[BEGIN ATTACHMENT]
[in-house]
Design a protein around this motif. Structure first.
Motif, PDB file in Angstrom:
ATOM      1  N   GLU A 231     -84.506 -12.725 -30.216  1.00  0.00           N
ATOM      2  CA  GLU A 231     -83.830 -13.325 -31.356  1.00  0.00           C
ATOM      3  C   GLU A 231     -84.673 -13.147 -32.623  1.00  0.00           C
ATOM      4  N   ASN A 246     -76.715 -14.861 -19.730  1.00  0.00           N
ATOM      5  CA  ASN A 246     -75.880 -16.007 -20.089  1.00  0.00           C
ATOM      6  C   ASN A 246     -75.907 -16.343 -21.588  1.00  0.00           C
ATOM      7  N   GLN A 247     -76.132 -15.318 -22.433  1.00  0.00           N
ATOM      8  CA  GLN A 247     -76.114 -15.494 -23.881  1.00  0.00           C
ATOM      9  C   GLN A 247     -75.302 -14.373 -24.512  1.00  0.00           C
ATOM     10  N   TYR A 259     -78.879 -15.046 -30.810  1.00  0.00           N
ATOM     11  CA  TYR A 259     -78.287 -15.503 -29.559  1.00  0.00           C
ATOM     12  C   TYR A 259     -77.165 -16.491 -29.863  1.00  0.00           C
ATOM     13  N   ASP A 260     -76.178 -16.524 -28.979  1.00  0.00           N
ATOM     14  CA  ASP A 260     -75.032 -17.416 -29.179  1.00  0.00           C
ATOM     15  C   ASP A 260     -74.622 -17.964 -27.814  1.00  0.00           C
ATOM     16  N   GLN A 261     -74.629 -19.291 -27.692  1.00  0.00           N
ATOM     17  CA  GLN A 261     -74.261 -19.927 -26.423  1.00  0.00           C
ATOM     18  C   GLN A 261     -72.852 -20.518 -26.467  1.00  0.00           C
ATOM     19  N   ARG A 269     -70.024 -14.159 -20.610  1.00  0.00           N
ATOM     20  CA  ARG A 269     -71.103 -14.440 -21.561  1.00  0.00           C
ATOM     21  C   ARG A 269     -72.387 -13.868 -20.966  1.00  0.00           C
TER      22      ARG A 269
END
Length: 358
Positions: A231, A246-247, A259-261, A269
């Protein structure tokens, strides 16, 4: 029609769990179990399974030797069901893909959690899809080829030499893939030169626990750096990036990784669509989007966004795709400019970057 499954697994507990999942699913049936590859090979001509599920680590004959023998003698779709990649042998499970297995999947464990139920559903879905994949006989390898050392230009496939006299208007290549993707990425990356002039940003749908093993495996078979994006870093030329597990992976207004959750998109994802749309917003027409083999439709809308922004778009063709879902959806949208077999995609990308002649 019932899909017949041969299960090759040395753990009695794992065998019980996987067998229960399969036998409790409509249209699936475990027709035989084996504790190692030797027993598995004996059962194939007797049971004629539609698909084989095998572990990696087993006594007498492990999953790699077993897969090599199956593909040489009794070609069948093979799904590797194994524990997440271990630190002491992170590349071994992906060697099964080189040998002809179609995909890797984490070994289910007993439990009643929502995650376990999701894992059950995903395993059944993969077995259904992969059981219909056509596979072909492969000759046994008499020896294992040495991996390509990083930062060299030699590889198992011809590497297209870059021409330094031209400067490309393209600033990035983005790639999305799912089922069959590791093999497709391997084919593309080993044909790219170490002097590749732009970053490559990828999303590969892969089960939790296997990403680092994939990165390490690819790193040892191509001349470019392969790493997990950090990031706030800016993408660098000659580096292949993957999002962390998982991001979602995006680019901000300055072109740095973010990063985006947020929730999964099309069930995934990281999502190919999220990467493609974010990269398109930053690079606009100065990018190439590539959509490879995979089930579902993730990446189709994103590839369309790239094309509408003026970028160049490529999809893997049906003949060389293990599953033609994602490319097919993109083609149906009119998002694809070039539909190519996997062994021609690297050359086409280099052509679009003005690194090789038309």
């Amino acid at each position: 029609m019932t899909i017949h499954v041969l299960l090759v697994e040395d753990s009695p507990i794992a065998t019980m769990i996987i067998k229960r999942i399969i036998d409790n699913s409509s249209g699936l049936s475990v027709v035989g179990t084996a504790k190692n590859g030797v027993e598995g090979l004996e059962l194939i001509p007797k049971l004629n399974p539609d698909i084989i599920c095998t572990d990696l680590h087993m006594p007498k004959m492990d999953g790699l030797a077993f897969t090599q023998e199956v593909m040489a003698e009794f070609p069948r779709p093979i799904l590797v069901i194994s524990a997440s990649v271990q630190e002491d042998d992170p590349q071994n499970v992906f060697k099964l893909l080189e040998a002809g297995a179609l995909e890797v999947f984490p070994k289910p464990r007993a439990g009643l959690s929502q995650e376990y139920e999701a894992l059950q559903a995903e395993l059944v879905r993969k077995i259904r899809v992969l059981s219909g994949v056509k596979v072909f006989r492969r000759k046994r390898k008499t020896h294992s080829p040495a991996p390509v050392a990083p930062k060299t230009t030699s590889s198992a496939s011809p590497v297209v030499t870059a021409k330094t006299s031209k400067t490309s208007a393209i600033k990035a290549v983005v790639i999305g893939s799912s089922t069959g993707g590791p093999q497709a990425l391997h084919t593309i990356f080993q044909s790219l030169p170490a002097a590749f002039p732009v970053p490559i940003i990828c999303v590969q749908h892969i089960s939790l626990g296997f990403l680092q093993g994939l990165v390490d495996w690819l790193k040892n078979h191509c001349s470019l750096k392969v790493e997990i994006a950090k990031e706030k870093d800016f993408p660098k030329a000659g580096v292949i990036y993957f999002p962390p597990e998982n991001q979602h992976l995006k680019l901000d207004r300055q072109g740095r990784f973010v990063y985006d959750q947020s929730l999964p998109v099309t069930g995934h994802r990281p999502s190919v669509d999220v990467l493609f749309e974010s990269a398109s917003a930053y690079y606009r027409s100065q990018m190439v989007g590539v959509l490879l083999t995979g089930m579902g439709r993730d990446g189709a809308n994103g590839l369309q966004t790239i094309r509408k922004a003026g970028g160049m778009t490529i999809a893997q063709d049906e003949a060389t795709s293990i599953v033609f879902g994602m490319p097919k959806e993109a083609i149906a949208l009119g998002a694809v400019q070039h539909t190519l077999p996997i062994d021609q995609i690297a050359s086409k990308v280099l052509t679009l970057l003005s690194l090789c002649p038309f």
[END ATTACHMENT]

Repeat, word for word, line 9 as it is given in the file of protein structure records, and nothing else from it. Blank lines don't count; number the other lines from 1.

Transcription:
ATOM      6  C   ASN A 246     -75.907 -16.343 -21.588  1.00  0.00           C